Disability among working-age adults (aged 15 to 64)
related to pain: the most common form of disability among working-age
Within the working-age population, activity limitations related to pain or discomfort are the most widespread, having been reported by nearly 1.5 million persons aged 15 to 64. Thus, 7.5% of all working-age persons are limited in their activities due to pain or discomfort. This type of disability affects 3 out of every 4 persons with disabilities aged 15 to 64.
Working-age women are particularly affected by this less visible type of disability, 8.3% of them stating that they were limited in their activities because of pain or discomfort. By comparison, 6.7% of men aged 15 to 64 reported pain-related limitations.
The PALS questions covered not only constant pain, but also pain that reoccurs periodically, such as migraines or backache. In fact, nearly 70% of working-age persons who have pain-related limitations experience pain constantly, while recurrent periods of pain affect about 30% of them (data not shown).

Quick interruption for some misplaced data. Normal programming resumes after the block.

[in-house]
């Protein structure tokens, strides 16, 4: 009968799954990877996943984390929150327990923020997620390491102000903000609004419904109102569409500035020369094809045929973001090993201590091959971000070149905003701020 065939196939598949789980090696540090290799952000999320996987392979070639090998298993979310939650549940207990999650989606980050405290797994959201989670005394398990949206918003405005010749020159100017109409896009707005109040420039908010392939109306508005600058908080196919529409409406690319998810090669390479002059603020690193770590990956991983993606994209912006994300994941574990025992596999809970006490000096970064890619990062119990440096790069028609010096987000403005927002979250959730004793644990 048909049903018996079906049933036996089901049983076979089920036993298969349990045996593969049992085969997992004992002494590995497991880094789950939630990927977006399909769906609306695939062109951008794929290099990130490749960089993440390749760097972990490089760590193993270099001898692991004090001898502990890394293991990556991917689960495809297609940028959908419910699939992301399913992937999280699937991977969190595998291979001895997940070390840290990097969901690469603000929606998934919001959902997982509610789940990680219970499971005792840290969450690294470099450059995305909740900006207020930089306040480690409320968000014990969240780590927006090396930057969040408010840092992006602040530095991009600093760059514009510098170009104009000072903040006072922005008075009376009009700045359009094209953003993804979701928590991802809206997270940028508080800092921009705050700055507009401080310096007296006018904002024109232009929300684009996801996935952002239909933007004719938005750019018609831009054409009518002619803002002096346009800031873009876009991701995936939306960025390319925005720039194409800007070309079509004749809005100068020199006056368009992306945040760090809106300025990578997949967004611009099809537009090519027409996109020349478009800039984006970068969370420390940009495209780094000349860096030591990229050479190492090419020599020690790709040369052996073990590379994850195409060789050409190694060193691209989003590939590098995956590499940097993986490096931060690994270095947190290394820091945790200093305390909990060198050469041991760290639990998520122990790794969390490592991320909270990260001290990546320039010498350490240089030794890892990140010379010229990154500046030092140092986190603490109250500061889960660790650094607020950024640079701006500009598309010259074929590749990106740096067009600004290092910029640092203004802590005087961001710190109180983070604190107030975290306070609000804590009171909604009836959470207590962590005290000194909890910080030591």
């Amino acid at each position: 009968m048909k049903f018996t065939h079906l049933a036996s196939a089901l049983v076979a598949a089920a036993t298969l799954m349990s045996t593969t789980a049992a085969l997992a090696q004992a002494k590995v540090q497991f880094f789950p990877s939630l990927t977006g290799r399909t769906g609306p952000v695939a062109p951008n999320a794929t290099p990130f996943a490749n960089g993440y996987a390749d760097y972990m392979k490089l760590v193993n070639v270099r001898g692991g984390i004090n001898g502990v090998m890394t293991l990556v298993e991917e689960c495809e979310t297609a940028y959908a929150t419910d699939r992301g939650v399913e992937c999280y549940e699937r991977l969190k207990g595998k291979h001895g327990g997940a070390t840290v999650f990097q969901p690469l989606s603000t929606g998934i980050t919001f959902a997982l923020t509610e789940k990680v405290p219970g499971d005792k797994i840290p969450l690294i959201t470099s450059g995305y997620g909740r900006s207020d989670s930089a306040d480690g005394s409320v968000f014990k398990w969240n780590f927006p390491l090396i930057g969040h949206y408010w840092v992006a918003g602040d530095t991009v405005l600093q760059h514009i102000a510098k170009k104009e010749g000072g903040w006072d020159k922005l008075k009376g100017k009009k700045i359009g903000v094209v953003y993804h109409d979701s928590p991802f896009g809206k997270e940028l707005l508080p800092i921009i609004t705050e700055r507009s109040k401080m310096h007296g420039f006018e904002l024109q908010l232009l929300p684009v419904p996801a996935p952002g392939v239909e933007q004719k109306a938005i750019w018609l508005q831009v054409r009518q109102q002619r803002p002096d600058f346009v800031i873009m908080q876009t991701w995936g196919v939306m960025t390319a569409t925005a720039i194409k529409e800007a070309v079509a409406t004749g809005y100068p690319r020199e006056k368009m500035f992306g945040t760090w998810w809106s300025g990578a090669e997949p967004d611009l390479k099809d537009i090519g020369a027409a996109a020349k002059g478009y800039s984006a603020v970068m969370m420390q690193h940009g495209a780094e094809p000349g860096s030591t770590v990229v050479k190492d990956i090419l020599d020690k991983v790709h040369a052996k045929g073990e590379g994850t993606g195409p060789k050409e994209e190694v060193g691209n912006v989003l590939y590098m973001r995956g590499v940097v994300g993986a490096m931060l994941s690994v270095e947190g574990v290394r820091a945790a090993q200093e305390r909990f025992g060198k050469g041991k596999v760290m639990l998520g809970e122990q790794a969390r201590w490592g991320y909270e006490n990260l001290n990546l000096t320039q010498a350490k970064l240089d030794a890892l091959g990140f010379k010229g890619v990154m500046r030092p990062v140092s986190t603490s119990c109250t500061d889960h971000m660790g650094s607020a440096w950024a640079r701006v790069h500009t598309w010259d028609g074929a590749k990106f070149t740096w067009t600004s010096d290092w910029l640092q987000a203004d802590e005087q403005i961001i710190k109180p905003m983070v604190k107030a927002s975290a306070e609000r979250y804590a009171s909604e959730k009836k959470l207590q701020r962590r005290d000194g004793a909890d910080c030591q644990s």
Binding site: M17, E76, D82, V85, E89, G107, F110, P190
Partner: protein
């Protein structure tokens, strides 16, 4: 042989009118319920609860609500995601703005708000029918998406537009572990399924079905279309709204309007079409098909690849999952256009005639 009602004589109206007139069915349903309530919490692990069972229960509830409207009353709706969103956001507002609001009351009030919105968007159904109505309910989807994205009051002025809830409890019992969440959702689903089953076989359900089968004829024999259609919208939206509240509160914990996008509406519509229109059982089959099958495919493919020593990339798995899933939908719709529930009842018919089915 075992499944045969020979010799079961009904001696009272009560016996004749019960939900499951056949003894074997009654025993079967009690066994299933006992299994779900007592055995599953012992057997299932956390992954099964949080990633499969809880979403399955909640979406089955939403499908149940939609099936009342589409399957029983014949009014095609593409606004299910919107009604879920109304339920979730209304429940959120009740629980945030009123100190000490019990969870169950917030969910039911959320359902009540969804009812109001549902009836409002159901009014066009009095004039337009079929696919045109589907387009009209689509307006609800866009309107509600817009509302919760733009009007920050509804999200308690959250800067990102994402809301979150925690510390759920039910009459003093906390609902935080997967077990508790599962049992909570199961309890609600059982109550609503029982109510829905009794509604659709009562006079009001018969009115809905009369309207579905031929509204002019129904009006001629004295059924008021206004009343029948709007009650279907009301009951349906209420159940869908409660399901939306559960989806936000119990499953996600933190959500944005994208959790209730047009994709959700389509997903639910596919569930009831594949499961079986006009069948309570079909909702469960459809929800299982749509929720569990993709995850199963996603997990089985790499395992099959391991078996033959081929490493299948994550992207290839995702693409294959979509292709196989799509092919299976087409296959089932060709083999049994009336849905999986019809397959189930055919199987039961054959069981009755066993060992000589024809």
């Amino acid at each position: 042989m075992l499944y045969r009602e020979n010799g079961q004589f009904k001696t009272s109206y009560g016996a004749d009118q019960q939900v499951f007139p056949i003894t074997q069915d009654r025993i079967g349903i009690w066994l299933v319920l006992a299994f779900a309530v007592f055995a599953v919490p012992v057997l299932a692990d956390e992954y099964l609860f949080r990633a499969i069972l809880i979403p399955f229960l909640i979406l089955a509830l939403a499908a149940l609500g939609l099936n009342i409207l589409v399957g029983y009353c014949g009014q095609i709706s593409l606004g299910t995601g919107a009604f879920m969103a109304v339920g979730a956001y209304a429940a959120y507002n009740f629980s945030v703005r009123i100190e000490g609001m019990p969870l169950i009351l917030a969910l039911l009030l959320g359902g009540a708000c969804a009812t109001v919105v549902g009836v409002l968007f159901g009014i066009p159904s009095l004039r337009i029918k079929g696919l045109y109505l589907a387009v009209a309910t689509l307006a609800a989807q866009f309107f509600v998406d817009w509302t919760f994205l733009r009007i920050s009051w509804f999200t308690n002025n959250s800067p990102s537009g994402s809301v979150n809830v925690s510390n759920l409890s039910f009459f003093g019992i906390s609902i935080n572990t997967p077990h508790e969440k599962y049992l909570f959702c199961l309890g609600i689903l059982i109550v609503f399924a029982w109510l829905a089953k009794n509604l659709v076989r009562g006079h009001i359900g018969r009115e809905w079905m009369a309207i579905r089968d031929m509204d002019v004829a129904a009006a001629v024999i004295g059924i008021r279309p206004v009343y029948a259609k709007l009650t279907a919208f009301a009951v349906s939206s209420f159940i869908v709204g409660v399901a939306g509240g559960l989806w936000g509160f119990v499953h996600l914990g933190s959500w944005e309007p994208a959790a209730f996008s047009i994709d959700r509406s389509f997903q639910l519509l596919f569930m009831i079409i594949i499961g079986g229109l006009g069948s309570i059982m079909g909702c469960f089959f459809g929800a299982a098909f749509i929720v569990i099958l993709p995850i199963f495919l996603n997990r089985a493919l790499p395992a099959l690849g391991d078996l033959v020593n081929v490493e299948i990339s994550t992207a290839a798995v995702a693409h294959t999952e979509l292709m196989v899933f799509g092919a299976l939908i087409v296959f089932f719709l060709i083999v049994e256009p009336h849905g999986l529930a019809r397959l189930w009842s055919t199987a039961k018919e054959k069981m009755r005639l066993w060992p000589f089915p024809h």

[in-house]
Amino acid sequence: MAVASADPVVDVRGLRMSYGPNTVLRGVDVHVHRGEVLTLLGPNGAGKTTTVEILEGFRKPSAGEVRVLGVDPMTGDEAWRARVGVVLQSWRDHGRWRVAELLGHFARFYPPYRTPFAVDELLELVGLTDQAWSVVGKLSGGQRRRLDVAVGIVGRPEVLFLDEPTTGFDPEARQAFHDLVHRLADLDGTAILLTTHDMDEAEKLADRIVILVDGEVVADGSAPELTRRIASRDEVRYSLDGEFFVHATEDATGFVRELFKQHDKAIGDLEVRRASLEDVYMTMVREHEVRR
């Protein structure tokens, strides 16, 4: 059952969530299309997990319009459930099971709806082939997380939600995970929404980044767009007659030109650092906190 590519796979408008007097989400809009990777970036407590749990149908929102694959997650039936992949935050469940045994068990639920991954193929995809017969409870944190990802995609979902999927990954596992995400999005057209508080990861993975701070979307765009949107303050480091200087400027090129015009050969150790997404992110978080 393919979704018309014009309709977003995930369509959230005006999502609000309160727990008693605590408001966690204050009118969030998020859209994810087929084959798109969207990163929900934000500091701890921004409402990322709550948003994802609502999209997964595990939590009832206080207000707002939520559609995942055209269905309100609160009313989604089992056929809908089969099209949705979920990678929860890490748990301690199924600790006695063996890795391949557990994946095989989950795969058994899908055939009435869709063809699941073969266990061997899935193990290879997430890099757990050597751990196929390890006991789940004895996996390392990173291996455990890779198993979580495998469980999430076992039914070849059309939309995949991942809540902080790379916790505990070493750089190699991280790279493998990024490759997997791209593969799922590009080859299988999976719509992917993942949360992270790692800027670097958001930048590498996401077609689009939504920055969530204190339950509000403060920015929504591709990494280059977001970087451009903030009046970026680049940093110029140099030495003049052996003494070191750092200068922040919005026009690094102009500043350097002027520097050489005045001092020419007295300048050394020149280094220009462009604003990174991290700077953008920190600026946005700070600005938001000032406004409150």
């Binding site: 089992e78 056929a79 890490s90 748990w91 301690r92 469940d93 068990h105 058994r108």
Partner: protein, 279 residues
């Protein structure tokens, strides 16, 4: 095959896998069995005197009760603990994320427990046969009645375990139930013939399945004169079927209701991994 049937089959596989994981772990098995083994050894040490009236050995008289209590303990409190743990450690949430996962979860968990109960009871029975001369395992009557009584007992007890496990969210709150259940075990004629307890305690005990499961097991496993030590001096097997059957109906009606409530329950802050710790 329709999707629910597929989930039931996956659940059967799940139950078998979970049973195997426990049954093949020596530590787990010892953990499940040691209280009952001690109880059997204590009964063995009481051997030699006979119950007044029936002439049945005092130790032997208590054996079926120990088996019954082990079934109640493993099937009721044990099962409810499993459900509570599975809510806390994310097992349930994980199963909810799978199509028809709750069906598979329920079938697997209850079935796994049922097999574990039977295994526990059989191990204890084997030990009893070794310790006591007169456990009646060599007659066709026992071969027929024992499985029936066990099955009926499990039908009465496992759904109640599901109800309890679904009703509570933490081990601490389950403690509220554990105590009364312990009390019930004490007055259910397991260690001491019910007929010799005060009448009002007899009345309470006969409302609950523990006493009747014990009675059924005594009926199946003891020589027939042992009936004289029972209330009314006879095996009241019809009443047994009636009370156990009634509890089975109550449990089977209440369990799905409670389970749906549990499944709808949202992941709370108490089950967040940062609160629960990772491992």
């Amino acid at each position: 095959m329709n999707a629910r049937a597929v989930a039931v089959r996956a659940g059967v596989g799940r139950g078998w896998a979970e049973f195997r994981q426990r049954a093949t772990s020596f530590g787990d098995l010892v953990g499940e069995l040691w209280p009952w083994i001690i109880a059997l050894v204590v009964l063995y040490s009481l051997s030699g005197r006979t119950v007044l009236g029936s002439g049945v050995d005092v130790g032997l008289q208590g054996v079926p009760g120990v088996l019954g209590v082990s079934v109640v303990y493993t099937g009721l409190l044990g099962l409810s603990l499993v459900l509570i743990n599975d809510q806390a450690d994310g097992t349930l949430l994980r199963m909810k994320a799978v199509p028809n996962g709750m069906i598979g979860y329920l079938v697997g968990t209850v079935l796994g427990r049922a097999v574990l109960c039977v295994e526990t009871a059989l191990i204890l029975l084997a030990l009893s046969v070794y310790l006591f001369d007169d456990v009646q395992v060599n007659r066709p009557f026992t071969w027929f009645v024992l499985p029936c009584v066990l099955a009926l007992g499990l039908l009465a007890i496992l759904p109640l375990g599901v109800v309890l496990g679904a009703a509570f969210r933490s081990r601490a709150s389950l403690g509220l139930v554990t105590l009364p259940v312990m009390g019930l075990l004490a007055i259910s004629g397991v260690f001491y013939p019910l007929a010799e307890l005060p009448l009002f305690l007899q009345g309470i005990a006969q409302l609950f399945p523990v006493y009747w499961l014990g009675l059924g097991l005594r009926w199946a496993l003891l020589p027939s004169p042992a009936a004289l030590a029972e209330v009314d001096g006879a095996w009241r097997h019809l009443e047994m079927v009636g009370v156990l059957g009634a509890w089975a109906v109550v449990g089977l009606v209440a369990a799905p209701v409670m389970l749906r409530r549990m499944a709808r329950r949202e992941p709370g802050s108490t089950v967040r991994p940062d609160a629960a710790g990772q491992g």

Pain-related disability increases gradually from age 15 to 64, with prevalence within the total population rising from 2.0% for 15-to-24-year-olds to 5.4% for persons 25 to 44 and 13.1% for those aged 45 to 64. However, while the proportion of young adults reporting pain-related disability is quite small, this type of limitation is nevertheless reported by more than half (50.9%) of young adults aged 15 to 24 with disabilities. The gap between the sexes is also more pronounced in this age group, young women with disabilities being much more likely to have pain-related limitations (59.0%) than their male counterparts (42.6%).
Moreover, these findings raise a number of questions about the impact this less visible type of disability has on the types of supports and adaptations, in the workplace and elsewhere, that will be needed to ensure that persons affected make an effective transition from school to the labour market and participate fully in all spheres of social activity.